Deploying Native Reason/OCaml with Zeit's


I'm working on a new ReasonReact project that will need a stateful server, and I thought it might be nice to write that in Reason too :) but what's the best way to deploy it? And by "best" I mean "easiest, with a free-to-try option". After looking around a little, I settled on Zeit's

What did I end up with? A 10mb docker image with a server inside!

For the server code, I'm just taking cohttp's example server. The full source for this example is here.

Making the Docker image

## This is a two-stage docker file
# This first stage has opam & a ton of other things
# inside it. The full image is 1.4Gigs! Which is way
# too big to keep around.
FROM ocaml/opam:alpine as base

RUN sudo apk update
RUN sudo apk add m4
RUN sh -c "cd ~/opam-repository && git pull -q"
RUN opam update
# We'll need these two whatever we're building
RUN opam install dune reason > /dev/null 2>&1

# need these two for building tls, which is needed by cohttp
RUN opam depext conf-gmp.1
RUN opam depext conf-perl.1
RUN opam install tls > /dev/null 2>&1
# these are the dependencies for our server
RUN opam install lwt cohttp cohttp-lwt-unix > /dev/null 2>&1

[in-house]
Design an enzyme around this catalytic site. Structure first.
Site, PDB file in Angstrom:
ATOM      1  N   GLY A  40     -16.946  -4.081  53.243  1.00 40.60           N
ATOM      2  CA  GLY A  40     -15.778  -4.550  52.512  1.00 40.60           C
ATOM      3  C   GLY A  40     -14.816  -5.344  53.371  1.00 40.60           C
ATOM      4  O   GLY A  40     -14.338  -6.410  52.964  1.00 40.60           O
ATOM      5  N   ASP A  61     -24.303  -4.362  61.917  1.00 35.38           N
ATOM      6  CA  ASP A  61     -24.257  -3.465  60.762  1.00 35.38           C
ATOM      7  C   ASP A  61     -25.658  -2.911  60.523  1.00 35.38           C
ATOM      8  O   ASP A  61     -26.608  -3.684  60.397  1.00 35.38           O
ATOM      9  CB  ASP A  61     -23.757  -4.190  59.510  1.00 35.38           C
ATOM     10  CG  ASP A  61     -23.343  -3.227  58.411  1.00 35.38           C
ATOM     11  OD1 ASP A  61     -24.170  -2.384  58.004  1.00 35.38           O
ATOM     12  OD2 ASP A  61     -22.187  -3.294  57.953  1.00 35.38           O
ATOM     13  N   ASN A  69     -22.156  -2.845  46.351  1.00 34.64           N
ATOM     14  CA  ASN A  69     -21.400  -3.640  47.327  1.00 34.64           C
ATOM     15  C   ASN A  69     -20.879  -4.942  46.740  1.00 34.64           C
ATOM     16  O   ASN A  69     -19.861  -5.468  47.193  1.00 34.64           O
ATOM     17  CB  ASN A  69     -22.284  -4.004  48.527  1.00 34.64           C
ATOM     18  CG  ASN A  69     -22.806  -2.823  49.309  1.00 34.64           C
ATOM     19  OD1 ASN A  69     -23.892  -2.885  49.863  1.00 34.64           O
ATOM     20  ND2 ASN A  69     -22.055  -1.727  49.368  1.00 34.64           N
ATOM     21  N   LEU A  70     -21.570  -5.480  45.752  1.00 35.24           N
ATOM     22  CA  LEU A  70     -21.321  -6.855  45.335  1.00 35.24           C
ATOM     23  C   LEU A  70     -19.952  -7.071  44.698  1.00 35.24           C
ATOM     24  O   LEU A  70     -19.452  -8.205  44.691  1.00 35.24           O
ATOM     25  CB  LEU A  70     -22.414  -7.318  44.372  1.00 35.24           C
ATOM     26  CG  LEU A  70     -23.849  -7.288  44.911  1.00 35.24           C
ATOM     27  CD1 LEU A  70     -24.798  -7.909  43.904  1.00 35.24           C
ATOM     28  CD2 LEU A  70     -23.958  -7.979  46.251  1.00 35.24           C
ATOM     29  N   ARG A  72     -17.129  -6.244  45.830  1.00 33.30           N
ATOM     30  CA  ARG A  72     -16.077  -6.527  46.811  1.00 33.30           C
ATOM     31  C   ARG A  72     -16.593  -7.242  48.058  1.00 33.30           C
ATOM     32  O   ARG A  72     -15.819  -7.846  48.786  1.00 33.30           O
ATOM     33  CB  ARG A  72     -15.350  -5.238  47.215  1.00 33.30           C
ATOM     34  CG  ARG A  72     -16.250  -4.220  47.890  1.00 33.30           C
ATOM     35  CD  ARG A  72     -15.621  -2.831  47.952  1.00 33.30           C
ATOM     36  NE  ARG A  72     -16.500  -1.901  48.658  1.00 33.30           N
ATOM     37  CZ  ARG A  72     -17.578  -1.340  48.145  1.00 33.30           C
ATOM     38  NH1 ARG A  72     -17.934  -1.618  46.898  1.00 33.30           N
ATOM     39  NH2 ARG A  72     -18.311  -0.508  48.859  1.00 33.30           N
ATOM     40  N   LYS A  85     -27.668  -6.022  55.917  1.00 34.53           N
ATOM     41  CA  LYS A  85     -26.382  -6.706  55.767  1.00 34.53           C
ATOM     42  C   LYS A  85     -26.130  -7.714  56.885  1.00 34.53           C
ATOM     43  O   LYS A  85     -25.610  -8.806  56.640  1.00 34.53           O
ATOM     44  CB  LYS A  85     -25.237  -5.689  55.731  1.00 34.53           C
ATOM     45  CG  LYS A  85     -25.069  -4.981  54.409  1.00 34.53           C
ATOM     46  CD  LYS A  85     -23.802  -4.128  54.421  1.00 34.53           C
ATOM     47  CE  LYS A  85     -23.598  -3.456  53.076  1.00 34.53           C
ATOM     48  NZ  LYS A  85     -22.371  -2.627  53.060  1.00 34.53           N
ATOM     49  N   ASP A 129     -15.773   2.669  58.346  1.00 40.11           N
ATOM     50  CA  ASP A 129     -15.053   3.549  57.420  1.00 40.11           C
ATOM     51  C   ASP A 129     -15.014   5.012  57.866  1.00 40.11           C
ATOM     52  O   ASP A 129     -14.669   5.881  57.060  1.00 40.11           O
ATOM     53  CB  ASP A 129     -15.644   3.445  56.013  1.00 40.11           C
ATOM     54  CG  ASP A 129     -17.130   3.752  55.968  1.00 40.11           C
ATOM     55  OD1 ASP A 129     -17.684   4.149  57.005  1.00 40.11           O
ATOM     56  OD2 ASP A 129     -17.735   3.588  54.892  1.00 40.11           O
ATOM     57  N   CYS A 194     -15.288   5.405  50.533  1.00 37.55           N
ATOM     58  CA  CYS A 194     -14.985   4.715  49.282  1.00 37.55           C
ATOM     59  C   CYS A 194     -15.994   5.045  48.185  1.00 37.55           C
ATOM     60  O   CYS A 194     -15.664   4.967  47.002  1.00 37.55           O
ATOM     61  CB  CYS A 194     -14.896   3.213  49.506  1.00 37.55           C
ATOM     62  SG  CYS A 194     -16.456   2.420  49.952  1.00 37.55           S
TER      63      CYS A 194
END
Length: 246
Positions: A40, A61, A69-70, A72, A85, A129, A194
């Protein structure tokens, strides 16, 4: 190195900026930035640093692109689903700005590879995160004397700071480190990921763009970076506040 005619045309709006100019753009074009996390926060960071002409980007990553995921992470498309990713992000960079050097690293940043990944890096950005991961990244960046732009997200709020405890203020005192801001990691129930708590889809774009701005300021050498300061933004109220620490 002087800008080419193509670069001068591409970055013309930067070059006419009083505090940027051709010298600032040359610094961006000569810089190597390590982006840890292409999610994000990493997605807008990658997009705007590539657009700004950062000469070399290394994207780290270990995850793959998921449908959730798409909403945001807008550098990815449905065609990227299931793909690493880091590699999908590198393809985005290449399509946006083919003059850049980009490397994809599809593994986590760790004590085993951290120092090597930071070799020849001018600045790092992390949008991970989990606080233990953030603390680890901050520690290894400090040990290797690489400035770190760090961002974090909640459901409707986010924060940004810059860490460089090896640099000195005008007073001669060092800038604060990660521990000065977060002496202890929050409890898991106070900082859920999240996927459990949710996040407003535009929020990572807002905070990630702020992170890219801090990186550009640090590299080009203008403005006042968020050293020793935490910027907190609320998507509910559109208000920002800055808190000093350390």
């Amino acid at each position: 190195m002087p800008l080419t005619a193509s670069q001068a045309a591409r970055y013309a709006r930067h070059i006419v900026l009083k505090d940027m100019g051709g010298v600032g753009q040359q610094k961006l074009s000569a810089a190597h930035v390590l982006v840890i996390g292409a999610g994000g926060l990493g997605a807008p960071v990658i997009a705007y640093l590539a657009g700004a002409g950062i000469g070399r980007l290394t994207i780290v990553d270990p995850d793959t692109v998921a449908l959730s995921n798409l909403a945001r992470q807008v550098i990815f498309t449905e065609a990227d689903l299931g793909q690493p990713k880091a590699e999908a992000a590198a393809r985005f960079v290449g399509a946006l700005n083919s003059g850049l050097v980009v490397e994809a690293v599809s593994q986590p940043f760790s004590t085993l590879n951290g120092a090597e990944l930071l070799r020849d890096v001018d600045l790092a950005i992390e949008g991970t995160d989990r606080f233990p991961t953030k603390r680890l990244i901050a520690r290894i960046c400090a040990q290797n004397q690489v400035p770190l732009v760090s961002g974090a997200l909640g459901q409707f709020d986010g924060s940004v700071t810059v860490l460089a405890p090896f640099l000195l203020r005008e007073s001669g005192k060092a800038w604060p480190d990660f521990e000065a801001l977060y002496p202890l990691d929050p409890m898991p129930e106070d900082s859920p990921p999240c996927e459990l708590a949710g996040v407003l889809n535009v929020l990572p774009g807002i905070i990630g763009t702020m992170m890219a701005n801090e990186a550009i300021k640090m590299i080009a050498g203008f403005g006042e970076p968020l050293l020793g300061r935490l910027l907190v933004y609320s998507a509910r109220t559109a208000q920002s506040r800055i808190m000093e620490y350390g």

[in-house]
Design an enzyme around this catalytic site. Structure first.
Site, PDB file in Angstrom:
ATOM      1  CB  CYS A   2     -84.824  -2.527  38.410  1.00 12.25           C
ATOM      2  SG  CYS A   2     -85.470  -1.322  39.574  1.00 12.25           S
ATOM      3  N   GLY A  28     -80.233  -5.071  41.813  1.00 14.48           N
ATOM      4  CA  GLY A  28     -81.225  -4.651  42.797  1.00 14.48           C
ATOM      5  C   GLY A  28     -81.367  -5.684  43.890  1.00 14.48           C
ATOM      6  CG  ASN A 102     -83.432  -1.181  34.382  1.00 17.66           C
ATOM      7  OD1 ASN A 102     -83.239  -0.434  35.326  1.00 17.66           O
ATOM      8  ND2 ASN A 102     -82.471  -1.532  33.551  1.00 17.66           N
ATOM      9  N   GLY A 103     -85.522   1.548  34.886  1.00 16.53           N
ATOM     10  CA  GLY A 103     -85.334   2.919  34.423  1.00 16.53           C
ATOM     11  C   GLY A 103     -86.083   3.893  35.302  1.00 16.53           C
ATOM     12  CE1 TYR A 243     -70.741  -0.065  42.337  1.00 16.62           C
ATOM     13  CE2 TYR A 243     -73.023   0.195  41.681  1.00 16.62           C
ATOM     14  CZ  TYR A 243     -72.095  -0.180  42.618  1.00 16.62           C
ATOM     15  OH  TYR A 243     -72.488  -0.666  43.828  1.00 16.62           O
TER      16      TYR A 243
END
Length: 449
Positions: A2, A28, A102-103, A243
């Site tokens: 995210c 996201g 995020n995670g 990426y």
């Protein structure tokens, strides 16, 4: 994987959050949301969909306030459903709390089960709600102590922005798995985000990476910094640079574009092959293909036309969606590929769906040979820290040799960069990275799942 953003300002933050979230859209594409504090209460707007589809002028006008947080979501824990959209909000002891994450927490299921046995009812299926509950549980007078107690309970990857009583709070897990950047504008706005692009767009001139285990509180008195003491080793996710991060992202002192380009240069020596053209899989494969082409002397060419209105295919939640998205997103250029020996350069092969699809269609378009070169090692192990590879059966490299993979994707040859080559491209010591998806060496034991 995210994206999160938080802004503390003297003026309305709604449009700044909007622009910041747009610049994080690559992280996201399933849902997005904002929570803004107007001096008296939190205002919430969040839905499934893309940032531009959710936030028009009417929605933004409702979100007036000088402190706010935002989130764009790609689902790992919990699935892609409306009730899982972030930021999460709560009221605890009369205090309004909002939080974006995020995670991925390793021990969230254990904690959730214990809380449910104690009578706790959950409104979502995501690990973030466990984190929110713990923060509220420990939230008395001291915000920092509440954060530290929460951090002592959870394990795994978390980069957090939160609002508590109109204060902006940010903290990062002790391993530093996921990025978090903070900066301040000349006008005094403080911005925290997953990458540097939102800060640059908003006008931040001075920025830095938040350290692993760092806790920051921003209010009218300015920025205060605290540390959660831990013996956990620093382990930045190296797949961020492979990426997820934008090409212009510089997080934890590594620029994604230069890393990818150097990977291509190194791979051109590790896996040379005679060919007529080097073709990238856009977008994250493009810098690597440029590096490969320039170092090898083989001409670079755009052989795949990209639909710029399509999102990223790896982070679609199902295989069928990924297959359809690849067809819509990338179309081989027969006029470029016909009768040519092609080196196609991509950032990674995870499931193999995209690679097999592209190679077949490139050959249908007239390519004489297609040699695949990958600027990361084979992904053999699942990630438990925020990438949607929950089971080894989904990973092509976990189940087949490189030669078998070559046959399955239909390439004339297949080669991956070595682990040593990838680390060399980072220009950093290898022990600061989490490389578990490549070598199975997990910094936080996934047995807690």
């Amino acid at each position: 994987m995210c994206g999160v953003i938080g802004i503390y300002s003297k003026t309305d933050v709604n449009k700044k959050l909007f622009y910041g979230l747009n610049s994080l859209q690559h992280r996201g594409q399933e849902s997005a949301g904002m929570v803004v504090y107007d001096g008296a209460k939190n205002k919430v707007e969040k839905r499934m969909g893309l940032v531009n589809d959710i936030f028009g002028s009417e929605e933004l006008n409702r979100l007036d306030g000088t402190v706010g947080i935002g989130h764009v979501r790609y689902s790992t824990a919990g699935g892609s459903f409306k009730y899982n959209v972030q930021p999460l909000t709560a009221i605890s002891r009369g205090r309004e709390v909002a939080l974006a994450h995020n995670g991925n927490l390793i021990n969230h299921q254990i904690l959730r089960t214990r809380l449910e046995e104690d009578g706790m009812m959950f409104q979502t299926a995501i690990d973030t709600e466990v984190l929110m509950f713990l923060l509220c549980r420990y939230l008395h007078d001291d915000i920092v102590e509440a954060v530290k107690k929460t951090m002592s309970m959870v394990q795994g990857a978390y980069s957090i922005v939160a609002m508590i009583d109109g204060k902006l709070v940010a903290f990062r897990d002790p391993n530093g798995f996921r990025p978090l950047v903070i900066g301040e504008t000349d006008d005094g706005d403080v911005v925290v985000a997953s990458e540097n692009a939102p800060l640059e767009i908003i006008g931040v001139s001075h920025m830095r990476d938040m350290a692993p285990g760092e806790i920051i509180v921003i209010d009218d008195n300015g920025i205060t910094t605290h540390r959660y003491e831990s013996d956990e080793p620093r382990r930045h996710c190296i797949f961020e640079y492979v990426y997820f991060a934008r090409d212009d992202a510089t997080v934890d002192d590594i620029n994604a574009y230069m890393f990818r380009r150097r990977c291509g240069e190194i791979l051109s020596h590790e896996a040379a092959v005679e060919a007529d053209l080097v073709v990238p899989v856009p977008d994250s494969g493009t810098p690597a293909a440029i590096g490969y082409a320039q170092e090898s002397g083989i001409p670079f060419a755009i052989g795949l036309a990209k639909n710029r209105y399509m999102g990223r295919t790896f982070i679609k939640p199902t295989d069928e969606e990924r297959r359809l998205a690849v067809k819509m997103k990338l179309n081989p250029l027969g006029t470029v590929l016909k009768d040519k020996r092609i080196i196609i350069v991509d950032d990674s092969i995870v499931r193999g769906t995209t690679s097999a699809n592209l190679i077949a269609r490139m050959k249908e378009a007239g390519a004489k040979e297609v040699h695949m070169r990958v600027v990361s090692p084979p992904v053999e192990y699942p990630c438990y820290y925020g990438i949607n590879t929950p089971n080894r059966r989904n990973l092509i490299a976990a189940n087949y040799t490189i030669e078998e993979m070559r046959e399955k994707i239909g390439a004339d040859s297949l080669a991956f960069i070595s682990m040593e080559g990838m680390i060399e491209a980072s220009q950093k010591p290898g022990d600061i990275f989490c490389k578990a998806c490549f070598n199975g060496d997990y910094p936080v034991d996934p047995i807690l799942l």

# Now we copy in the source code which is in the current
# directory, and build it with dune
COPY --chown=opam:nogroup . /hello-reason
WORKDIR /hello-reason
RUN sh -c 'eval `opam config env` dune build bin/Server.exe'

## Here's the second, *much* leaner, stage
# It only contains the server binary! The reason we can do this
# is we statically linked the binary (with -ccopt -static)
FROM scratch
COPY --from=base /hello-reason/_build/default/bin/Server.exe /server
CMD ["/server"]

docker build -t hello . will take a minute, but at the end we get our 10mb image!

hello         latest   15ebe8ca2a7d   8 hours ago   9.85MB

Now run the docker image locally to make sure it's working

docker run -d -p 4321:8000 hello

If you open up http://localhost:4321, You should see something like this:

Hello folks! This site has been visited 1 times

Uri: //
Method: GET
Headers: accept: text/html
accept-encoding: gzip, deflate
connection: keep-alive
upgrade-insecure-requests: 1


Deploying with Now

This part is so easy it's almost not even worth mentioning. Once you've installed now, you go to the directory with the Dockerfile and run now and it all just works! The first time you run it, the deploy will take a while because it's building the docker image for the first time. Subsequent builds will use the image cache, however, and will be much faster.

That's all, folks!

With OCaml native deployment this easy, there's no excuse not to do it! Now all we need are some super-easy-to-use server libraries... 🤔 cohttp and httpaf are quite powerful, but are a far cry from express.js or rust's rocket.